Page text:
After a summer of optimism following concerted talks between AT&T and the Pac-12 to allow DirecTV to finally pick up the Pac-12 Networks, we’re back to square one. Basically, it’s same as it ever was between DirecTV and the Pac-12. According to Jon Wilner at the San Jose Mercury News, carriage talks between AT&T and the Pac-12 Conference have collapsed and it appears there won’t be an agreement between the two parties anytime soon.
Wilner said AT&T was seeking demands that would have changed the Pac-12’s business model for its networks and would have lowered subscriber fees from its other cable and satellite providers. According to Wilner, that would have cost the Pac-12 profitability and it was a price it was not willing to pay just to get DirecTV on board.
The proposal by AT&T, which took control of DirecTV this summer, is believed to have involved taking an equity stake in the networks, according to sources, and could have forced the Pac-12 Networks to redo their existing distribution deals (with Comcast, DISH, etc.) at a lower subscription rate.
The conference currently uses what’s called a Most Favored Nation agreement, which gives any partner access to the best subscription rates available.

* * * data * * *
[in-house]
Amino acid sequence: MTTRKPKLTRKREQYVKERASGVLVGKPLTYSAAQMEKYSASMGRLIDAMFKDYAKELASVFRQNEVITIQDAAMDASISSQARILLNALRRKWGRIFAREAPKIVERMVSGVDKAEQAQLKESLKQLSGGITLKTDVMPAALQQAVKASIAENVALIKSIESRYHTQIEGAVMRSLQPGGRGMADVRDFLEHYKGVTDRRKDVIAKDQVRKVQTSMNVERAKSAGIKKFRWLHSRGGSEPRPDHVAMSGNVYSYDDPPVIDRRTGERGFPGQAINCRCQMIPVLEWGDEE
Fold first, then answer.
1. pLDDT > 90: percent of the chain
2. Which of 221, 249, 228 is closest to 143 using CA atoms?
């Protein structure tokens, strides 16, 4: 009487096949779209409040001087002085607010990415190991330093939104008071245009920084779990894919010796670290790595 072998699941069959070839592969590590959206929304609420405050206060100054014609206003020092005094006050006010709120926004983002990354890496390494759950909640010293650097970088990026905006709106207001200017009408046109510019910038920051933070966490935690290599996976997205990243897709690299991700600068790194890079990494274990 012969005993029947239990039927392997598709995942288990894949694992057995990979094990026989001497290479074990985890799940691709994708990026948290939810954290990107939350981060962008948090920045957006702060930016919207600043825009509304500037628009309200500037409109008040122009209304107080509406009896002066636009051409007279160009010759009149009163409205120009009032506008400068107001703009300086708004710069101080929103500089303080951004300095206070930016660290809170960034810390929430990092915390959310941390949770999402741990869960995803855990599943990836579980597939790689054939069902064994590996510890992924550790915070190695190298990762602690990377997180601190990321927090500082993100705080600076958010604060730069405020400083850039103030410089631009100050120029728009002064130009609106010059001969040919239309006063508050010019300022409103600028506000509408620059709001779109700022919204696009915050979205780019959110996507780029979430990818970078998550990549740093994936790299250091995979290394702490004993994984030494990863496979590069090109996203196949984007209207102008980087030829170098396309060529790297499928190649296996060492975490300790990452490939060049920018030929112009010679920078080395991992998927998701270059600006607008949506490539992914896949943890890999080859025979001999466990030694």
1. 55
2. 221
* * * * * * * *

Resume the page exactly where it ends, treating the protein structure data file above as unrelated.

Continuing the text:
In addition, the income from carriage on DirecTV would have been lower, initially, than previous reports ($2 million to $3 million per school per year), according to sources.
AT&T also wanted to expand its presence on campuses.
When AT&T’s purchase of DirecTV was approved by the Feds earlier this year, there was hope that the Pac-12 Networks going online with the satellite provider would be just a matter of time as they were already on with U-Verse and AT&T was a major corporate sponsor with the league.
A signal test last month on Channel 612 only increased the anticipation for subscribers who have not had Pac-12 Networks since they launched in 2012. However, as the college football season began without an agreement, there were rumblings that talks weren’t going so smoothly. And now this latest development leaves DirecTV without Pac-12 Networks into a fourth season.
There’s always the possibility of the two sides getting back to the negotiating table, but that seems to be a remote option for now. It’s frustrating for the 4 million DirecTV subscribers who live in the conference footprint, but either they’ll have to change their provider to watch Pac-12 sports or continue their extended waiting game. Either way, the entire conflict has gotten to the point where subscribers only want an agreement to get done and hope that it will happen sooner rather than later.